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Everything You Need to Know About Grout

Tiling can be therapeutic or frustrating, depending on whether it’s going well or not. Different projects and areas will need different kinds of grout, like sanded or unsanded grout. If you’re still not sure which to use after reading this article, Tim Hmelar and his team at The Kitchen and Bathroom Company of Palo Alto will be happy to help.

Sanded Grout

The most commonly used grout for tiles or stone with a grout joint of 1/8 inch or more is sanded grout. Sanded grout is very absorbent and if it isn’t sealed, can soak up liquids or stains. It is a mixture of sand and Portland cement, with a few other additives and it is applied by mixing it with water and then troweling it into the joints. It takes about twenty-four hours to dry, and then it is as solid as concrete. To prevent discoloration, some grouts are mixed with latex additives, however it is generally recommended that that they are still sealed once they are dry.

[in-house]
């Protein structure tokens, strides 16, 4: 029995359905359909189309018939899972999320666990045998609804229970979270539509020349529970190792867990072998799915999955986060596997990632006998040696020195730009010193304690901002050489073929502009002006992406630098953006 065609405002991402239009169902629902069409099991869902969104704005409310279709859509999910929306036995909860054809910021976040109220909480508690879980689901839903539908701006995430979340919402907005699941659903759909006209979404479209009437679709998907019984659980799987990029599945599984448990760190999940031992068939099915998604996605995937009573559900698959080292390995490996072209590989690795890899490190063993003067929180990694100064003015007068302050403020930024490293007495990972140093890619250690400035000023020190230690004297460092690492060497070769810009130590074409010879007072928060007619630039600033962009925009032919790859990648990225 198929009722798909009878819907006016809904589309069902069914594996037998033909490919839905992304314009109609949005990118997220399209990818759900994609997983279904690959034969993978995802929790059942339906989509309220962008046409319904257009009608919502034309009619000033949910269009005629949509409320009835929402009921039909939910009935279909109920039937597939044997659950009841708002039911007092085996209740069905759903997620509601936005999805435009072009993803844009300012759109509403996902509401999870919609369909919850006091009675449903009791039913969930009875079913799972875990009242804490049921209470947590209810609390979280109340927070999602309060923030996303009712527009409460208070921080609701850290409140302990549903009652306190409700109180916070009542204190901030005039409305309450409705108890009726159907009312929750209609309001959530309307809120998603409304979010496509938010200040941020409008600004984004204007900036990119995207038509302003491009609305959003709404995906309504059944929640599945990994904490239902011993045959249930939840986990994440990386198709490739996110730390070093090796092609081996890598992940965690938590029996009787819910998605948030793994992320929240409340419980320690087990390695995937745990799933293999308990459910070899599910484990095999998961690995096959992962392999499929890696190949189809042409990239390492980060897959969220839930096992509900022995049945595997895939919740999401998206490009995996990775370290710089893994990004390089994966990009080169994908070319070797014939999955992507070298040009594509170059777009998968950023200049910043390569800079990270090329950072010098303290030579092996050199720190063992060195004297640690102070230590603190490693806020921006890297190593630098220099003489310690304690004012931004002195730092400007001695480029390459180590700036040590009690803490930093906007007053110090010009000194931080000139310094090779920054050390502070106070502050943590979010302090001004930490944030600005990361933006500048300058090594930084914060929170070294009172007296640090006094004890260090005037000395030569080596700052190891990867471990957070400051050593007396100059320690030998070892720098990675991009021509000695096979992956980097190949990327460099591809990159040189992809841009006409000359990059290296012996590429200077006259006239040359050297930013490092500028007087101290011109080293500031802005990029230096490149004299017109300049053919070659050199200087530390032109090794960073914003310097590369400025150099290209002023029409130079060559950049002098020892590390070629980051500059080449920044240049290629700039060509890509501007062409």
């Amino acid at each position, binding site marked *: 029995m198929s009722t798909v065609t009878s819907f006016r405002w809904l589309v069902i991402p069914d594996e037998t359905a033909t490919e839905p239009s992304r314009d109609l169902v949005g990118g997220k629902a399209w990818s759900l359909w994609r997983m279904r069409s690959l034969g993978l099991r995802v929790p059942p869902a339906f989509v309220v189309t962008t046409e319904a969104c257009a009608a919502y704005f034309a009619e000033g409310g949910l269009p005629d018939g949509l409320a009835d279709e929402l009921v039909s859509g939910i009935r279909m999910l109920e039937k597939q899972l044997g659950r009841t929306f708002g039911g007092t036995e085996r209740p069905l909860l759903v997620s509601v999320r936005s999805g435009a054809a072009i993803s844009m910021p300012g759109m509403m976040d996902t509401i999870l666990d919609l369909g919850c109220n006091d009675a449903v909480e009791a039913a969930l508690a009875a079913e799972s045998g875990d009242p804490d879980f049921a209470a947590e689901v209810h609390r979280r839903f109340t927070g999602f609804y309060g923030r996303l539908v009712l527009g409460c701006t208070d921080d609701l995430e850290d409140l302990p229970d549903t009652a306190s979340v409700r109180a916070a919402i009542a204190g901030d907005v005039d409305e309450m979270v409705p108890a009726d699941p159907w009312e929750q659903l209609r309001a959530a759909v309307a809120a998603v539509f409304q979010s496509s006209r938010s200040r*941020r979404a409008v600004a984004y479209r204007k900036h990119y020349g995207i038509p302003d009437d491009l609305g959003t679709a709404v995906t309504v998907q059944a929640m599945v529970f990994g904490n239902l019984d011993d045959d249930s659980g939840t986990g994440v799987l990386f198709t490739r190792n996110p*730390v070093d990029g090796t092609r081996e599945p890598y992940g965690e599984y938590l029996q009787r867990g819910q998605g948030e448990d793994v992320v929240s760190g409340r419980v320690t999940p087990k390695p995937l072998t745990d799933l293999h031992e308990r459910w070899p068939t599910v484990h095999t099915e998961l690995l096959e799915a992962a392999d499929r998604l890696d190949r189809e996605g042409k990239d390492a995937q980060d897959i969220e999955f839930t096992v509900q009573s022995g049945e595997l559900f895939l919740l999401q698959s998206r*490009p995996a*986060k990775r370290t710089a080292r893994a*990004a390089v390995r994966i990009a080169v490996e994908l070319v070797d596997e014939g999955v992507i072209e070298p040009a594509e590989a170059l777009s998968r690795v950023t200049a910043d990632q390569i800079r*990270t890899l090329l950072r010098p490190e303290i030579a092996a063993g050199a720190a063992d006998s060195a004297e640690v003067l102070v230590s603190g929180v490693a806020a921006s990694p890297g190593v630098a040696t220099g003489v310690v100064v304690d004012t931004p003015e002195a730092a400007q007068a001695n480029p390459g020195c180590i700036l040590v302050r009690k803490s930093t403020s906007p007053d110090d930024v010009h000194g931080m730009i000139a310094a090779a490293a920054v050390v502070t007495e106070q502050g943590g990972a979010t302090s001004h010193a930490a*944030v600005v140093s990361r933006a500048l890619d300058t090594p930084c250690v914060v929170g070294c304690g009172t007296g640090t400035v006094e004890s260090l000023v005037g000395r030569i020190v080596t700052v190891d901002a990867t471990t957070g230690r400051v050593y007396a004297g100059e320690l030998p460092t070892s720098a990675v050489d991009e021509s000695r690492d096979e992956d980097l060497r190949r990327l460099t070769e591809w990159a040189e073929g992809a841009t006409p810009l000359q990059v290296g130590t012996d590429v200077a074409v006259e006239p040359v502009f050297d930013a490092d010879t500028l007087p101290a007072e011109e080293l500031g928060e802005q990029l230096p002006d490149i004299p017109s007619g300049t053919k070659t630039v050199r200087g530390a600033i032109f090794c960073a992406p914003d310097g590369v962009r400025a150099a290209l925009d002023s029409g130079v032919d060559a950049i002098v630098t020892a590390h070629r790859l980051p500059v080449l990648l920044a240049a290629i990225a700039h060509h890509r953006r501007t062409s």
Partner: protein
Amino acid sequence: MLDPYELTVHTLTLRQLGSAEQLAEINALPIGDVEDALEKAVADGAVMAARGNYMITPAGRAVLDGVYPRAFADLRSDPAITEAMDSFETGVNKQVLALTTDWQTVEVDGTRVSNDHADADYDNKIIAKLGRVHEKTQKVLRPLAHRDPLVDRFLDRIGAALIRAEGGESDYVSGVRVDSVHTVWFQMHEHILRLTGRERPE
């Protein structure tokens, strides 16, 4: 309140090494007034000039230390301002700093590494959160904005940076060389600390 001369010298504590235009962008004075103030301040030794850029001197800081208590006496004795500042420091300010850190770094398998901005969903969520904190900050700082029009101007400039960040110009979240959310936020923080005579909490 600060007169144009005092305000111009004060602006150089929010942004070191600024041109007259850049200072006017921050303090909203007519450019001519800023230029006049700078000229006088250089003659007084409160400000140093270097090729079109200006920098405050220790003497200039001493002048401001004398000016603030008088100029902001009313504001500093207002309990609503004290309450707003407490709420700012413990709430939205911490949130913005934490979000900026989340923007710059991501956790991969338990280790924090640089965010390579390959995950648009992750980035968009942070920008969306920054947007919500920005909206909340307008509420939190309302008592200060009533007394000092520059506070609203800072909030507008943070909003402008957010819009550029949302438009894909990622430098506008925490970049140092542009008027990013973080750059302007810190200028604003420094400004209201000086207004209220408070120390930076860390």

Unsanded Grout

Unsanded grout is also known as wall grout and as you may have guessed, it’s like sanded grout but without the sand. Sanded grout can be used for joints that are smaller than 1/8th of an inch and also for marble tiles, which can get easily scratched by sanded grout. It has the same problems with cleaning and discoloration that sanded grout has, so it is also recommended to be sealed.

The problem with unsanded grout, is that if you use it for larger joints, it is likely to crack with time. Sand gives the grout more strength and means that the grout will last longer.